Mention the name ‘Helen’ in South Africa today, and, irrespective of your particular field of reference, three personages spring immediately to mind — Suzman, Zille and Lieberman.
And while all three of them are well worthy of the headlines, one is definitely non-political, somewhat more laid back and fully focused on the job at hand, without generally being in the public eye — Helen Lieberman, the woman who some of us wryly and proudly refer to as our own Jewish ‘Mother Teresa’.
Every now and then, however, Helen Lieberman’s name does hit the media, as in a recent major initiative by Cape Talk Radio through which over R4 million was pledged for the organisation that she founded some 27 years ago, Ikamva Labantu — this appeal specifically for vulnerable children and orphans affected by HIV AIDs.
The establishment of Ikamva Labantu was the culmination of the humanitarian work that she began in the townships some 20 years earlier, to raise and develop the skills and energies of marginalised black women, and also men. The aim was to empower them towards independence and selfsufficiency in bettering their lives and those of their children, as well as the elderly and disabled and, significantly, to develop leadership within the community.
Helen’s work in this field has been recognised internationally, and what started off as small and localised initiative has grown over the years into a vast organisation with connections throughout the world, and one that generates huge amounts of money for its various programmes.
So that for ‘Mama’ or simply ‘Helen’ — as she is called among the communities — who has always enjoyed working ‘in the field’ with ‘hands on’ contact with her very many friends, her energies have been diverted somewhat to the handling of this multi-national enterprise. As she explains, the success of Ikamva Labantu has led to and sprouted the establishment of international partnerships with a wide range of humanitarian organisations — from universities and interest groups to large NGOs and huge corporations. Friends of Ikamva Labantu have been established all over the world, including the United States, the UK, Germany, France, Australia and Holland.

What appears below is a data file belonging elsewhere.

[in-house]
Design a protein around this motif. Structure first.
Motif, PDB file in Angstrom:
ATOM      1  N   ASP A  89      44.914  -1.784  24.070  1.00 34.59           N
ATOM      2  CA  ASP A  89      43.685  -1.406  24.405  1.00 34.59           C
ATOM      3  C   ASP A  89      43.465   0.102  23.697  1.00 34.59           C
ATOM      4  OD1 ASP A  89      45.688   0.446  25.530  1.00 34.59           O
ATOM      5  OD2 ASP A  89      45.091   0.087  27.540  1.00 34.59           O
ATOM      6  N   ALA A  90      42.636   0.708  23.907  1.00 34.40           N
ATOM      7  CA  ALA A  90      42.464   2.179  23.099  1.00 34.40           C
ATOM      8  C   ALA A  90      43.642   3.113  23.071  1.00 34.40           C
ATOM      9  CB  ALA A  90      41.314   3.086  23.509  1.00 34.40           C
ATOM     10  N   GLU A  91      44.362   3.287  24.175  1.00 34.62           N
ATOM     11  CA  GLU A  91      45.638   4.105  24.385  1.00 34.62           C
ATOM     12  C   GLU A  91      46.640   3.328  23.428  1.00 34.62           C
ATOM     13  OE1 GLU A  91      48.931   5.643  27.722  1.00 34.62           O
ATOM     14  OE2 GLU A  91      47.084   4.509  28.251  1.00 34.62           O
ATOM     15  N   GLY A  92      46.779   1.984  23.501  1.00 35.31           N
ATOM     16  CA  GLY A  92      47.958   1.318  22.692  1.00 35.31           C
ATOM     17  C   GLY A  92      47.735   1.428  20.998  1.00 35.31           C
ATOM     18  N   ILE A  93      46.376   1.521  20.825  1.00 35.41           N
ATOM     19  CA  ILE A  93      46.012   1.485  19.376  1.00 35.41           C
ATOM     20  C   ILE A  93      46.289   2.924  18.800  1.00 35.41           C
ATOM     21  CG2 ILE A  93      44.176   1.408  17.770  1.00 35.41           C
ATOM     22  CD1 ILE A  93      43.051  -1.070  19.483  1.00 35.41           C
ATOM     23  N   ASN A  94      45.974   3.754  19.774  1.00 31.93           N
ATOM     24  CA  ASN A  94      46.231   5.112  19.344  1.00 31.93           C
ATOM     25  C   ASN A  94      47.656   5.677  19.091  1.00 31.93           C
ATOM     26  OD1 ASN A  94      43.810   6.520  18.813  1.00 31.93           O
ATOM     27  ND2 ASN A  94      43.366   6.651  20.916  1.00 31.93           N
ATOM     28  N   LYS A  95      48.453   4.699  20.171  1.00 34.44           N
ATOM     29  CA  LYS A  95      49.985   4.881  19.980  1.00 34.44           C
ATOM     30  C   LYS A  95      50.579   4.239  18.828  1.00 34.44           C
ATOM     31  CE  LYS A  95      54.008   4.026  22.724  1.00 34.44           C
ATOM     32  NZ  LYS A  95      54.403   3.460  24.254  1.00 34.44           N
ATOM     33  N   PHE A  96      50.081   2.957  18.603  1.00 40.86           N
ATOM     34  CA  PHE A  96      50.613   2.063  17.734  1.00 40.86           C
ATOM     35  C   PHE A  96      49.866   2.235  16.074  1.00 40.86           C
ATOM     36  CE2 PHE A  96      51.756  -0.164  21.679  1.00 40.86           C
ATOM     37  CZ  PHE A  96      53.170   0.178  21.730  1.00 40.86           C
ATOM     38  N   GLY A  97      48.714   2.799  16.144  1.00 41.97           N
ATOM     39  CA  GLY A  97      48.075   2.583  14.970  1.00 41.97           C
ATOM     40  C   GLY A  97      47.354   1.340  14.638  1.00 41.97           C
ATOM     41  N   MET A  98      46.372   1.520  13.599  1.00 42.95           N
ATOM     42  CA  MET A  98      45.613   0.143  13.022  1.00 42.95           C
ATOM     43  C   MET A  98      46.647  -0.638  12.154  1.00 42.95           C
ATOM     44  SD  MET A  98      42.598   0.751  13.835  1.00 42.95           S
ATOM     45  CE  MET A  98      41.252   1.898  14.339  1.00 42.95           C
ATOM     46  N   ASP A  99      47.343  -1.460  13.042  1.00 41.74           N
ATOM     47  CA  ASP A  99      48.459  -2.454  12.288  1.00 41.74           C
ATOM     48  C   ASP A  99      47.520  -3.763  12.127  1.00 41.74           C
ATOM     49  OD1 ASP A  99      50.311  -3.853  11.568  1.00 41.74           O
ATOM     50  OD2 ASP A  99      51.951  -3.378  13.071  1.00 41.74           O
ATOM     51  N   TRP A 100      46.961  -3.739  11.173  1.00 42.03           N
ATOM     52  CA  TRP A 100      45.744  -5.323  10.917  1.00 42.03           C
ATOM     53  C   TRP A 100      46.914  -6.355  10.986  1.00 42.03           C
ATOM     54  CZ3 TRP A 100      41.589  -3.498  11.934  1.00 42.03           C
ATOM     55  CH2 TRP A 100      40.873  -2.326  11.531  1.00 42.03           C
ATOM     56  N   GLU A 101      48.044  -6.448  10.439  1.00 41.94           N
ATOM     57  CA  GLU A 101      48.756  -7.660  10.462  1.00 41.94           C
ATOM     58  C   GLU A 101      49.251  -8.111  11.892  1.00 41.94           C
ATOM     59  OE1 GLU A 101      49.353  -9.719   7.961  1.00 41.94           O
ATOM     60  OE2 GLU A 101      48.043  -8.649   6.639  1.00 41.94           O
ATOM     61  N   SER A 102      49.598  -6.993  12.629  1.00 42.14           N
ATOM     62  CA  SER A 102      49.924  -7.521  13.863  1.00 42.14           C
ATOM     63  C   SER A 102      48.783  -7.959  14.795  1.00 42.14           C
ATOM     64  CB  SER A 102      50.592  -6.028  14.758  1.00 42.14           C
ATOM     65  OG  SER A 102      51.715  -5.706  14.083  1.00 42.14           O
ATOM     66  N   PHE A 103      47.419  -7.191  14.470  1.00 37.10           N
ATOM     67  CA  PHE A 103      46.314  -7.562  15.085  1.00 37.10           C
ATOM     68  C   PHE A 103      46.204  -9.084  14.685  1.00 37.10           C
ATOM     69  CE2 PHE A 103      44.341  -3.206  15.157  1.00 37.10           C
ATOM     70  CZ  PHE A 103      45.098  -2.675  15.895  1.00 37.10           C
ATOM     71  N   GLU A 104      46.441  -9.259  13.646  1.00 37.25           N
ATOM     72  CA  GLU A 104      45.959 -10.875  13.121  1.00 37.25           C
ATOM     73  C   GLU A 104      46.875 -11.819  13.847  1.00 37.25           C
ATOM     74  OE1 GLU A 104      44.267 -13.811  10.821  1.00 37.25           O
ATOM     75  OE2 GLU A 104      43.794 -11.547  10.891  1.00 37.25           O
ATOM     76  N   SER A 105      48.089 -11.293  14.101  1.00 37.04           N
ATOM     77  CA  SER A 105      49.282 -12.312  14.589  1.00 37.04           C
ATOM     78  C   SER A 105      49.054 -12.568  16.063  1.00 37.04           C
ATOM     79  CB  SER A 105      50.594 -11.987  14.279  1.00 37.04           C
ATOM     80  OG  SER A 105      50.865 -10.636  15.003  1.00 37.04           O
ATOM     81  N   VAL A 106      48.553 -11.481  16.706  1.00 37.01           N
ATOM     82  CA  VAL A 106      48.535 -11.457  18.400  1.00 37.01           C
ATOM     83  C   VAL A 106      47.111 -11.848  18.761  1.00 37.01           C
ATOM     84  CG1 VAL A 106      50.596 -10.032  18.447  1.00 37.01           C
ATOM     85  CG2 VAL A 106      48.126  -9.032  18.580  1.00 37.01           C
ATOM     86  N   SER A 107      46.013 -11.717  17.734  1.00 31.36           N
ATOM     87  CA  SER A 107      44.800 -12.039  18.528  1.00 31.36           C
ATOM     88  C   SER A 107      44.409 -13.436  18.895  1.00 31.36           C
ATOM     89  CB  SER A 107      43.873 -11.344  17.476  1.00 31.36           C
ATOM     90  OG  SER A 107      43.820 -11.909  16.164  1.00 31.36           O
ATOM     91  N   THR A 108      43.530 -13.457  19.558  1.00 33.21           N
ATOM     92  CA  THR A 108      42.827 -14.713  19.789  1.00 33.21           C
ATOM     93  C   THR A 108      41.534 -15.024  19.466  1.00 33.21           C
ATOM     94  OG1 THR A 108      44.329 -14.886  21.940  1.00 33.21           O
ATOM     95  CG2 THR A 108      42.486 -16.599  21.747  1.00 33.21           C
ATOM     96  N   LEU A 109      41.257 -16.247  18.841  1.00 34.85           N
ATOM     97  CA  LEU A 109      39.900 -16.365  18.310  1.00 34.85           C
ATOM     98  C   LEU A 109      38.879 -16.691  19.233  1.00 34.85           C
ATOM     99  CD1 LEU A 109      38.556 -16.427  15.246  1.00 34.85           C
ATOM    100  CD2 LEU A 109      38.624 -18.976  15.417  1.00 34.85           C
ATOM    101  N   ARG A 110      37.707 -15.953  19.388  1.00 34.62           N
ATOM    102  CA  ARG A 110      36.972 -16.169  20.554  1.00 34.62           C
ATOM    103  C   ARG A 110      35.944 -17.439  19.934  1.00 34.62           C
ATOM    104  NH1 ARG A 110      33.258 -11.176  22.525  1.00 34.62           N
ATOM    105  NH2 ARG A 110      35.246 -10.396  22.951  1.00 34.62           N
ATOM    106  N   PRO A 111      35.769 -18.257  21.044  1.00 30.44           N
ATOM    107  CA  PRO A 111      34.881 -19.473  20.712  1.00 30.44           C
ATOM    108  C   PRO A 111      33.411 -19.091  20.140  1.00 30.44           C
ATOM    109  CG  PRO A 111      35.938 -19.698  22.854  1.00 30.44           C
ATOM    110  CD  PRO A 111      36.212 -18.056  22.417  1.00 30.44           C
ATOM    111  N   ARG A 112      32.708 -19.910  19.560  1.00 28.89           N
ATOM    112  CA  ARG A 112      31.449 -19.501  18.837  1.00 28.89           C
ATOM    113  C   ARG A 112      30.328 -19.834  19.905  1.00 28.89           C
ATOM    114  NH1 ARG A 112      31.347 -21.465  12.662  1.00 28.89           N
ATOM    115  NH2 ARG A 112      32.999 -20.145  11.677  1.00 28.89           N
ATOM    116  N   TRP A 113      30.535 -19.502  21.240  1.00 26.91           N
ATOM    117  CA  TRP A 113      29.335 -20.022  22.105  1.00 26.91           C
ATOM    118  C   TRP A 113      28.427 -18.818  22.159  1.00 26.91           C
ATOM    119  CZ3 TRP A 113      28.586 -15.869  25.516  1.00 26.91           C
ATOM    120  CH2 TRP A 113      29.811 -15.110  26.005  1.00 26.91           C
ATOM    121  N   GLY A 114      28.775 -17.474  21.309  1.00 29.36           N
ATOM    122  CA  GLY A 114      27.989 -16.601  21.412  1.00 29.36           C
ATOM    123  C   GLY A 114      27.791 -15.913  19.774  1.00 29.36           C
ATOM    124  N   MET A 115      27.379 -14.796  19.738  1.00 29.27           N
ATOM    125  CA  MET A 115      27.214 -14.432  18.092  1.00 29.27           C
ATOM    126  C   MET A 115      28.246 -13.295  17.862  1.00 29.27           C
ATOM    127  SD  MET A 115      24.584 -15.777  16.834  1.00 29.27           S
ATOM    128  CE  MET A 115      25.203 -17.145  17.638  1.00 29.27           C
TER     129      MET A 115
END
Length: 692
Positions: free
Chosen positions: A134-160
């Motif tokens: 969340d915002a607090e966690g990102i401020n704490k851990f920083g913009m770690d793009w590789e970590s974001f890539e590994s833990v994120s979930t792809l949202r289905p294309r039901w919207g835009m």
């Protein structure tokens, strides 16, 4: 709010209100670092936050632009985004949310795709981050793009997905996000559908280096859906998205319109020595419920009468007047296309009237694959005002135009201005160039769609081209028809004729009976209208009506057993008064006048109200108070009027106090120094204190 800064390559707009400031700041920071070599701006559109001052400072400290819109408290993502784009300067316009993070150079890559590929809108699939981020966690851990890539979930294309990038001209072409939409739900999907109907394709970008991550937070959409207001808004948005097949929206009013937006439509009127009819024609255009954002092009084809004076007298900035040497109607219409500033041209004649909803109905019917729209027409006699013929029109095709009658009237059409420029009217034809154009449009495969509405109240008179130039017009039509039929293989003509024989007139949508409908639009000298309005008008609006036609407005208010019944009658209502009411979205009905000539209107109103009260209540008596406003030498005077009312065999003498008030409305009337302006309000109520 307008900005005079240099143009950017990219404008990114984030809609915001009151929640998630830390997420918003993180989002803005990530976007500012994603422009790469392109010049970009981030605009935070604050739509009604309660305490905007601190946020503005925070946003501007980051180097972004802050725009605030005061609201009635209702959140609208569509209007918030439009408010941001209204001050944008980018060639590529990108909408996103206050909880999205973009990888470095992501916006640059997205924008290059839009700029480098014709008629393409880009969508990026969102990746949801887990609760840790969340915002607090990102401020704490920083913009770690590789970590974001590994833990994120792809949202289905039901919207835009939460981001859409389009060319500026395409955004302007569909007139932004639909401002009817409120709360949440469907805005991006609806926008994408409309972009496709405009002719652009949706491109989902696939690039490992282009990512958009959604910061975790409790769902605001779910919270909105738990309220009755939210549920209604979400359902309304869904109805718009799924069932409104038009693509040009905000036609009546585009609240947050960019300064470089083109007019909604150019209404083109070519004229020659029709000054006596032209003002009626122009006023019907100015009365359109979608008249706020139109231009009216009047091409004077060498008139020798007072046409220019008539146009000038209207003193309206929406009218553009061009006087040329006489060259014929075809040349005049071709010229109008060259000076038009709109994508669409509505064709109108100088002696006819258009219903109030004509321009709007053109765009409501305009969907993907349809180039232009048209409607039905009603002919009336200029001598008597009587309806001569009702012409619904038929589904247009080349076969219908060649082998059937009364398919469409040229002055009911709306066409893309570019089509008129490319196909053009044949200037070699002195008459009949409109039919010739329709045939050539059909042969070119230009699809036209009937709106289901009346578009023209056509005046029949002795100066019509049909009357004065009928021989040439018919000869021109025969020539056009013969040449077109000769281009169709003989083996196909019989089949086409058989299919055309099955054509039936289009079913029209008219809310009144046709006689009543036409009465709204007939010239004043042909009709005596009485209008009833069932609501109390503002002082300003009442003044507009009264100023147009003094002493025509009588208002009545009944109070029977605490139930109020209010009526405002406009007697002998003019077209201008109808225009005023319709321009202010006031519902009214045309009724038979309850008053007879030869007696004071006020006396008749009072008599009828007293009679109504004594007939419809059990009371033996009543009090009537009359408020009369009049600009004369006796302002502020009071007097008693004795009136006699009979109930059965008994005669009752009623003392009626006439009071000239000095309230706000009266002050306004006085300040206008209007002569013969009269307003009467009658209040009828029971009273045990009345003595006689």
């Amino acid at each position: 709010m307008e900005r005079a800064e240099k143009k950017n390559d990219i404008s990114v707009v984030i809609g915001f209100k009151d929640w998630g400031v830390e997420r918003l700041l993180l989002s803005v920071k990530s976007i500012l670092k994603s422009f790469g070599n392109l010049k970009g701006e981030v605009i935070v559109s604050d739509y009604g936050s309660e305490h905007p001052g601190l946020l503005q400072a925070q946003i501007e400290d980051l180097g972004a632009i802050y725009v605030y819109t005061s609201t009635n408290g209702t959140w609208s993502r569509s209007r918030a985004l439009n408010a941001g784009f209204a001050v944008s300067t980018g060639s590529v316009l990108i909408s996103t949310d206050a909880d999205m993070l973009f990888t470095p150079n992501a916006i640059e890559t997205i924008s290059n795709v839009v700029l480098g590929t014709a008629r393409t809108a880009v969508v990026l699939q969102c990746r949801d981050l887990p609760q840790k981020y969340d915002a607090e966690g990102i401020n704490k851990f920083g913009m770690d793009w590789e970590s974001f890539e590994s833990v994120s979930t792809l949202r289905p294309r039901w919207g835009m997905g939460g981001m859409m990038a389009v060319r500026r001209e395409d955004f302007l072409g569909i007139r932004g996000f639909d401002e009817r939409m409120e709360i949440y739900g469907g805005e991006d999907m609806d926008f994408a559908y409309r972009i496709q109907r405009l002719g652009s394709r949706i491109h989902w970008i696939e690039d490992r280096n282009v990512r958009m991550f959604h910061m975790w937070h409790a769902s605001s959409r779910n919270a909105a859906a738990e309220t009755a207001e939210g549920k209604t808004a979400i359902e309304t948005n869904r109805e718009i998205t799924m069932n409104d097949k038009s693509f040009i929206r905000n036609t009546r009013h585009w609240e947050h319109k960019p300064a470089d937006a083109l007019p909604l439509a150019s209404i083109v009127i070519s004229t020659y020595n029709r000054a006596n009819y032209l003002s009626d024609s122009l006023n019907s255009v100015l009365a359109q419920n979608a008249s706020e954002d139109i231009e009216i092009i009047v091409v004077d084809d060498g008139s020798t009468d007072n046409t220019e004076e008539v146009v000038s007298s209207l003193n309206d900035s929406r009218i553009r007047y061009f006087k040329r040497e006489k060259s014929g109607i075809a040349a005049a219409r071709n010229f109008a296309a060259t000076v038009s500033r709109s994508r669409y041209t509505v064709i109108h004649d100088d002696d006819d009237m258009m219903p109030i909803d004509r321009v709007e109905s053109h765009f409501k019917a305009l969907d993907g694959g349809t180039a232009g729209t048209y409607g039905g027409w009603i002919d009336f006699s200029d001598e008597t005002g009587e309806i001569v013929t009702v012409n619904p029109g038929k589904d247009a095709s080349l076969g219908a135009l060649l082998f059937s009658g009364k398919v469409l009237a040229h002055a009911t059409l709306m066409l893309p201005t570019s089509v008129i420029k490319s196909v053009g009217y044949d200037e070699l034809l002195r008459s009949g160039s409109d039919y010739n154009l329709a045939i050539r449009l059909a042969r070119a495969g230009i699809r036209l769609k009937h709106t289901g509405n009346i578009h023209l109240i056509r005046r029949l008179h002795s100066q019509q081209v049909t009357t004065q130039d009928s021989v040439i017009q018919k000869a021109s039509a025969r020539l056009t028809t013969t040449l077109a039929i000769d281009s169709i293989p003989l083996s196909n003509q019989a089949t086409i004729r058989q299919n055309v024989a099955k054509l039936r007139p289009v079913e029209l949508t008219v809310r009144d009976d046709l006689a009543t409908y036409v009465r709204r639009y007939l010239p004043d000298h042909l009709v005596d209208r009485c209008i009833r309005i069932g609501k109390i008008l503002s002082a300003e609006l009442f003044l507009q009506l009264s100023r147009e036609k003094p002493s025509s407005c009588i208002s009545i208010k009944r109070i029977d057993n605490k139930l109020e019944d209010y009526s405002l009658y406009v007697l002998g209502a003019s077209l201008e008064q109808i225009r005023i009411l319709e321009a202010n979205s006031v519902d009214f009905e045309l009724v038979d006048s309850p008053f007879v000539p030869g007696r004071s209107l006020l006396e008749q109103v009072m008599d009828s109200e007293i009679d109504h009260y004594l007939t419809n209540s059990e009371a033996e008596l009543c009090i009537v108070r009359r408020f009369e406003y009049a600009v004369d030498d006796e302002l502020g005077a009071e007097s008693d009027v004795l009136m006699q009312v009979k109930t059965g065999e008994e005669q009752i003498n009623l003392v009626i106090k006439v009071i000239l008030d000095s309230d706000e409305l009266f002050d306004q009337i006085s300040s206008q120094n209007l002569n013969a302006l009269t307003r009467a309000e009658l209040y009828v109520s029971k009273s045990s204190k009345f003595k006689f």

“With our own history and experience we are able share our expertise with others in the development field, she says. “South Africa understands grass roots development and we can advise and mentor others — specially those who are working in other parts of Africa.”
Not only does Ikamva Labantu raise the profile of South Africa world-wide, but it also draws in huge amounts of money for its own programmes. And there’s a very large market for the products created by the women and men in the communities, which bring in tremendous funds.
Understandably and deservedly, recognition and honours have accrued to Helen Lieberman, both here in South Africa and internationally, with numerous noteworthy awards.
The latest of these, the 2008 Roger E Joseph Prize, will be presented to her in New York on 4 May at the Ordination ceremonies of the Hebrew Union College-Jewish Institute of Religion at Temple Emanuel. In the notification sent to her by the president of HUC JIR, Rabbi David Ellenson, he notes, “This prize is given in recognition of your exemplary work in providing programs for youth, the homeless, aged and disabled and giving them hope for their future with the establishment of Ikamva Labantu.”
The Joseph Prize, established in 1978, was first given to Victor Kugler, the man who gave refuge to Anne Frank and her family in Amsterdam during the Nazi occupation. And a later recipient was in fact Helen Suzman in 1986. Its ‘theme’ is the recognition of an individual or organisation, which by virtue of religious and moral commitment, has made a distinctive contribution to humankind.
The list of eminent recipients — individuals and institutions — gives further credit to the prize’s significance, with such names as Raoul Wallenberg, Teddy Kollek, Claude Lelouch, Daniel Pearl (posthumously) and the Whitwell Middle School Holocaust Memorial and Paper Clip Project (in 2007).
Basking in her success and fame, is one of her staunchest and proudest supporters, her husband Michael, and she also enjoys the love and pride of their three children and their families — Shannon (in New York), and twins Dana (in Cape Town) and Avon (in Melbourne). Nor do they and the five grandchildren lack anything in love and joy and concern from this remarkable woman, whose large heart has a home for so many families far less fortunate.